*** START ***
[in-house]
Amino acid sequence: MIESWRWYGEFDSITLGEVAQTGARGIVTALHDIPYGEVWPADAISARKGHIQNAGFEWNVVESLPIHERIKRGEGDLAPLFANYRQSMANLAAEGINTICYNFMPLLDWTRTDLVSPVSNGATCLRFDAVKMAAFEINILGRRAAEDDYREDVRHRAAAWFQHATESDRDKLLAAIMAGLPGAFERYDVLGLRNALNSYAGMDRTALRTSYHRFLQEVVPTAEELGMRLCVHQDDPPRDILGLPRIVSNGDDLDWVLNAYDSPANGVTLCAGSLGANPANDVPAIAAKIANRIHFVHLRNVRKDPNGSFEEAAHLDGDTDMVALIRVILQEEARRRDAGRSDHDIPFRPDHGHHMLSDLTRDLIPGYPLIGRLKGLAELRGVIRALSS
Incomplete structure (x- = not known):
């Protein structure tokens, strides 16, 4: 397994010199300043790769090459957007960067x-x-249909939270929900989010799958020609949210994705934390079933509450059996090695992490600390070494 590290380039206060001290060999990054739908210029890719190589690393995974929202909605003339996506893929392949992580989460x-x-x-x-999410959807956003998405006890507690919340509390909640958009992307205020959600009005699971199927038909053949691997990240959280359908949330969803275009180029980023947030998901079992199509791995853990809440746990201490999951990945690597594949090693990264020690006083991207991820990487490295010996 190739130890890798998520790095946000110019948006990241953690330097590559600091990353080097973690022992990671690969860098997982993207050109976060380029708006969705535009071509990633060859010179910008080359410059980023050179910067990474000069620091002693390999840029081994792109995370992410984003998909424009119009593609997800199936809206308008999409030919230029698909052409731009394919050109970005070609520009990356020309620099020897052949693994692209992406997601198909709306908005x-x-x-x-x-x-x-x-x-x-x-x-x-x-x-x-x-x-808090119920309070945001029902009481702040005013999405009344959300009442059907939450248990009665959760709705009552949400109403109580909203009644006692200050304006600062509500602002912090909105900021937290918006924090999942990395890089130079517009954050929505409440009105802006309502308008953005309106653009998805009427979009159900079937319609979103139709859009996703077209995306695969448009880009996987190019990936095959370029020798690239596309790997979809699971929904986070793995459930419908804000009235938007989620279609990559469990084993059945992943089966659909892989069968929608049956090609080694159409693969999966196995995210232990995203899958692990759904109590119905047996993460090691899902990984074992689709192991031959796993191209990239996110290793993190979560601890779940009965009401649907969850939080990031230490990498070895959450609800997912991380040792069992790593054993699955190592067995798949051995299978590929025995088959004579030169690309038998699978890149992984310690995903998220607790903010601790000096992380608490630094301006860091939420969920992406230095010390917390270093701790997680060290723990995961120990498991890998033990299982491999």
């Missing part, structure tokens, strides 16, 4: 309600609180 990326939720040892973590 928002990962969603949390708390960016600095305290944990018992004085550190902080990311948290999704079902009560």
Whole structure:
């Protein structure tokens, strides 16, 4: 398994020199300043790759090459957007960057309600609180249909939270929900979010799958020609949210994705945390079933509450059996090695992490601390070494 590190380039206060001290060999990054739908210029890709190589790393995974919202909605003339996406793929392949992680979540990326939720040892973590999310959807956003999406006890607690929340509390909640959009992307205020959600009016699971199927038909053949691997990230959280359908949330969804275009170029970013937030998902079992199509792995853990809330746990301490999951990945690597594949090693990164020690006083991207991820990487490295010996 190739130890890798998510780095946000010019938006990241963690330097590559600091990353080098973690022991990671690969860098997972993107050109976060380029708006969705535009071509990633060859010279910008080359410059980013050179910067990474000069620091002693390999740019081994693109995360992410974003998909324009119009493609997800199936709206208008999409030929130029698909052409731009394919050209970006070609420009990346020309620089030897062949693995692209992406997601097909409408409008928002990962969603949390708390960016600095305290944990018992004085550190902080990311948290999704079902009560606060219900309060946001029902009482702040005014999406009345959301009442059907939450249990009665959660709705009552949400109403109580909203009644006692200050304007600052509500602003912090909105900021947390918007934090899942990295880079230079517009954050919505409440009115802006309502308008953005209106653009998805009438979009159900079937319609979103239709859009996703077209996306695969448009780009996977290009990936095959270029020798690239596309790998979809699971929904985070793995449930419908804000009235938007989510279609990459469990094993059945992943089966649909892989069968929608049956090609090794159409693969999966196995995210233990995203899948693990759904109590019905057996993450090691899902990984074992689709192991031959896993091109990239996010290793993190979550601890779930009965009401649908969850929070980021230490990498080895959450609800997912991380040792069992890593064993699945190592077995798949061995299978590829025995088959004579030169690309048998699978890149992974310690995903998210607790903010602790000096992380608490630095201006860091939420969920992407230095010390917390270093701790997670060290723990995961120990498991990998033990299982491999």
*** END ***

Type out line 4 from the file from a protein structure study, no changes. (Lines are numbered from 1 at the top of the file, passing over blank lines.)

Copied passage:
């Protein structure tokens, strides 16, 4: 397994010199300043790769090459957007960067x-x-249909939270929900989010799958020609949210994705934390079933509450059996090695992490600390070494 590290380039206060001290060999990054739908210029890719190589690393995974929202909605003339996506893929392949992580989460x-x-x-x-999410959807956003998405006890507690919340509390909640958009992307205020959600009005699971199927038909053949691997990240959280359908949330969803275009180029980023947030998901079992199509791995853990809440746990201490999951990945690597594949090693990264020690006083991207991820990487490295010996 190739130890890798998520790095946000110019948006990241953690330097590559600091990353080097973690022992990671690969860098997982993207050109976060380029708006969705535009071509990633060859010179910008080359410059980023050179910067990474000069620091002693390999840029081994792109995370992410984003998909424009119009593609997800199936809206308008999409030919230029698909052409731009394919050109970005070609520009990356020309620099020897052949693994692209992406997601198909709306908005x-x-x-x-x-x-x-x-x-x-x-x-x-x-x-x-x-x-808090119920309070945001029902009481702040005013999405009344959300009442059907939450248990009665959760709705009552949400109403109580909203009644006692200050304006600062509500602002912090909105900021937290918006924090999942990395890089130079517009954050929505409440009105802006309502308008953005309106653009998805009427979009159900079937319609979103139709859009996703077209995306695969448009880009996987190019990936095959370029020798690239596309790997979809699971929904986070793995459930419908804000009235938007989620279609990559469990084993059945992943089966659909892989069968929608049956090609080694159409693969999966196995995210232990995203899958692990759904109590119905047996993460090691899902990984074992689709192991031959796993191209990239996110290793993190979560601890779940009965009401649907969850939080990031230490990498070895959450609800997912991380040792069992790593054993699955190592067995798949051995299978590929025995088959004579030169690309038998699978890149992984310690995903998220607790903010601790000096992380608490630094301006860091939420969920992406230095010390917390270093701790997680060290723990995961120990498991890998033990299982491999």